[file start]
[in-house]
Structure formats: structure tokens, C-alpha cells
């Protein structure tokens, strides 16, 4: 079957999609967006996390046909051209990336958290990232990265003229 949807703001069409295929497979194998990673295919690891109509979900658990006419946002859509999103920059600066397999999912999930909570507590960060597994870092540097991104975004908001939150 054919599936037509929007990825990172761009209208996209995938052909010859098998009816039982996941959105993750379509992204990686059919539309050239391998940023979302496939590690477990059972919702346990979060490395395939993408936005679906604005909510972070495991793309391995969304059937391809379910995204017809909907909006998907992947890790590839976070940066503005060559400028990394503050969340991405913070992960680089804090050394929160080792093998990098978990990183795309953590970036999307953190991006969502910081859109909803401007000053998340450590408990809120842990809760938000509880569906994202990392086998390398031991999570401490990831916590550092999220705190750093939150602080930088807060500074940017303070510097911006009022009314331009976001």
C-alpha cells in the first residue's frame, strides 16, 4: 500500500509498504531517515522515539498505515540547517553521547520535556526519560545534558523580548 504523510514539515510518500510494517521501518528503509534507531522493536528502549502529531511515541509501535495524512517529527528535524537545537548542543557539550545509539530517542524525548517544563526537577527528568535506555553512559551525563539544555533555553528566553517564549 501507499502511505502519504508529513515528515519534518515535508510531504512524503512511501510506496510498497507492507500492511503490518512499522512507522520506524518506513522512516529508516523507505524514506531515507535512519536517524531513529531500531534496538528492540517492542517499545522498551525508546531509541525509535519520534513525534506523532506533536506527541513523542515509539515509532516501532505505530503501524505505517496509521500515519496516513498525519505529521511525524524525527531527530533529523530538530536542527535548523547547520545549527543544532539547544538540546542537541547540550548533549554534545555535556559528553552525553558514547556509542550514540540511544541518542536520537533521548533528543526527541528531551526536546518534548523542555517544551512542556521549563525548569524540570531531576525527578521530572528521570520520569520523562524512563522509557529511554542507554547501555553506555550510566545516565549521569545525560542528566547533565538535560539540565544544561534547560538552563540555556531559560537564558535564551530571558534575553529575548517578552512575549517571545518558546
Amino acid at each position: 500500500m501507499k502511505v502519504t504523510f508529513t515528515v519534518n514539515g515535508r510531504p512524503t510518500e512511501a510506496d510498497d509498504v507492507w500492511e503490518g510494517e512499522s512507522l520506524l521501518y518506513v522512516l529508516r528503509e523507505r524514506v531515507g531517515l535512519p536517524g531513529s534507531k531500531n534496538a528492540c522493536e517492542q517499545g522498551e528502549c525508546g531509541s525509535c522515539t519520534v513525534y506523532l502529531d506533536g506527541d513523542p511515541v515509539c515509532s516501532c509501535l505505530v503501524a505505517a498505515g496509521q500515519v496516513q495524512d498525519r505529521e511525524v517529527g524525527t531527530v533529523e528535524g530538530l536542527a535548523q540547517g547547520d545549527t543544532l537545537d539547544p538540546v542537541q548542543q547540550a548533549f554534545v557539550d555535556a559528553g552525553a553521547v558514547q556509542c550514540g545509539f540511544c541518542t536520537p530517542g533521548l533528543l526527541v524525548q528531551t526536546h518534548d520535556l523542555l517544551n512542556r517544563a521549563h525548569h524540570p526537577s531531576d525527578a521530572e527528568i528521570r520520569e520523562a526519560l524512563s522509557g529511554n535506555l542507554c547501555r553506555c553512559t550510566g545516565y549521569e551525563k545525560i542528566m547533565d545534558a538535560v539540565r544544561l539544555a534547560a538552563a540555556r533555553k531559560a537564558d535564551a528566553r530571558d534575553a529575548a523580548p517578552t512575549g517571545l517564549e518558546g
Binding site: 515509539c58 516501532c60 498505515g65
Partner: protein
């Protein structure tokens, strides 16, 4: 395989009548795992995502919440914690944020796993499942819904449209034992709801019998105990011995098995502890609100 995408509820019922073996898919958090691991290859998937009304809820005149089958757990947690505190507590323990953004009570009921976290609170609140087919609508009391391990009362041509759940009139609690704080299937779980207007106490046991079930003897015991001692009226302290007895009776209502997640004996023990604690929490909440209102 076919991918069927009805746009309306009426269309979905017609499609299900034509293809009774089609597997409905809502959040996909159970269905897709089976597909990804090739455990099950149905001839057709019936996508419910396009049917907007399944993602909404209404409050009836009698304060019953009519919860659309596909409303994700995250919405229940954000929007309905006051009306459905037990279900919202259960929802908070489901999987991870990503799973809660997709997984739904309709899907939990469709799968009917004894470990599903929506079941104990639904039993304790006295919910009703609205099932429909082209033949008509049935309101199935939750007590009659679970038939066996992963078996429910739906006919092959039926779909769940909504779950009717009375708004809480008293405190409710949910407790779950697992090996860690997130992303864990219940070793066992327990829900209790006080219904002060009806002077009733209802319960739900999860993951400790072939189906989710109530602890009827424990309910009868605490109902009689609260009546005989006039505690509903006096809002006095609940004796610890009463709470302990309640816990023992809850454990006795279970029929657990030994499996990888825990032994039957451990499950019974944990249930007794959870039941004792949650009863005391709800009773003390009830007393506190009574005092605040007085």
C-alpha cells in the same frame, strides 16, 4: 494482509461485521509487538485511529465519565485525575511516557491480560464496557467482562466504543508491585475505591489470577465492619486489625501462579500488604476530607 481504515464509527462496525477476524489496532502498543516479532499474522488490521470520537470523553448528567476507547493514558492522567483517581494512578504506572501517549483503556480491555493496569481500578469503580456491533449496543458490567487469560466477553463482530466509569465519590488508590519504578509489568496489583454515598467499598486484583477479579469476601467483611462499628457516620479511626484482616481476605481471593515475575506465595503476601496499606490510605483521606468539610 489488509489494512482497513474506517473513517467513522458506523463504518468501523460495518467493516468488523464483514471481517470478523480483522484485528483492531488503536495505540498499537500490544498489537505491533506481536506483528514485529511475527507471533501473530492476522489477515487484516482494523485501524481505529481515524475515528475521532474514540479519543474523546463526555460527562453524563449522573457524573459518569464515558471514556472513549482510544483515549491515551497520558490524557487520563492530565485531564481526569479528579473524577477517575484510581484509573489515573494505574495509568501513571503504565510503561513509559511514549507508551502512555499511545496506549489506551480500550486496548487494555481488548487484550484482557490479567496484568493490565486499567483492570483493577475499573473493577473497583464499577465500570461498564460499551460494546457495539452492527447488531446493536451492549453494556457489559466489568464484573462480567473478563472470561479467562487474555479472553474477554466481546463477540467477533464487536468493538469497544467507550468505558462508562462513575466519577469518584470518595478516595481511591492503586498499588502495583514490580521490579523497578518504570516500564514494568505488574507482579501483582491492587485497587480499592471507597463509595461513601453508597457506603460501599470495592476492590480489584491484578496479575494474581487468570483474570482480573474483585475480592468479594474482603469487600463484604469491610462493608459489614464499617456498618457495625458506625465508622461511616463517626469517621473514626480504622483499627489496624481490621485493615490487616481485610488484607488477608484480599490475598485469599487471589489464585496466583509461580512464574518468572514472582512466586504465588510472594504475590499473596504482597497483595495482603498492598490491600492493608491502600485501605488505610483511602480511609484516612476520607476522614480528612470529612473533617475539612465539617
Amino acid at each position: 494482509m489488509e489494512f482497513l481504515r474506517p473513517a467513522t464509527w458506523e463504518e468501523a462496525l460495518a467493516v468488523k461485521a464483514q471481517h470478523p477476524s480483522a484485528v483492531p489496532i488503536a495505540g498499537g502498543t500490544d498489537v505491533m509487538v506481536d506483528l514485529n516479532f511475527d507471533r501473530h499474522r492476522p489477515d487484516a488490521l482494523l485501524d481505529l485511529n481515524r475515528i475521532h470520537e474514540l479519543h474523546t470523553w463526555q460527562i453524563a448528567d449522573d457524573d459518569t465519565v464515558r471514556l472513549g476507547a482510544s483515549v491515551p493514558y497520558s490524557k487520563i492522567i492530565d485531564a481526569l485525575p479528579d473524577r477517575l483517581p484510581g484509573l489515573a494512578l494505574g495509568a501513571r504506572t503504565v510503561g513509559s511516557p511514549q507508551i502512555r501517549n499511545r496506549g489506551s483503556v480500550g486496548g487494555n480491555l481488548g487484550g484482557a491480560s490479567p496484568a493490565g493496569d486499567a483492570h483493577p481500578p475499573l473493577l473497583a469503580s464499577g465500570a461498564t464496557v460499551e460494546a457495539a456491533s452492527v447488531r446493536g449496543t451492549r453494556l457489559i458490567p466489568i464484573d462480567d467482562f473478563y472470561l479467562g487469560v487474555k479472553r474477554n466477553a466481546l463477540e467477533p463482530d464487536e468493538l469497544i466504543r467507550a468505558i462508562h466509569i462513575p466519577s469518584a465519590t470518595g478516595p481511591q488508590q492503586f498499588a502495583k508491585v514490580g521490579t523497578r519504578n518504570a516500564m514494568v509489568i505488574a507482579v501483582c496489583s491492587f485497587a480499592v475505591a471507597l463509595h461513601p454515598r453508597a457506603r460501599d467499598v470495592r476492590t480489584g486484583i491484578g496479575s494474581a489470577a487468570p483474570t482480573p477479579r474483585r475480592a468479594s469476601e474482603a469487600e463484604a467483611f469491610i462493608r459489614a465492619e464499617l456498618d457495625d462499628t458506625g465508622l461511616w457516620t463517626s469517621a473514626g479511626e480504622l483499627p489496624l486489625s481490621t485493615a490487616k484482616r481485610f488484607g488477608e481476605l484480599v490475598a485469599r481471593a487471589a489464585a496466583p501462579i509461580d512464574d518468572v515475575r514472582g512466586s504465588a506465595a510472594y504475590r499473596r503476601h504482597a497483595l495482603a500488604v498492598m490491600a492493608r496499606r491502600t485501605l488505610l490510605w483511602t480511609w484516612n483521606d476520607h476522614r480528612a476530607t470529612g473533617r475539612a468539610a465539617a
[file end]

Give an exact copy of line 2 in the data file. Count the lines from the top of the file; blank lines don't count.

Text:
Structure formats: structure tokens, C-alpha cells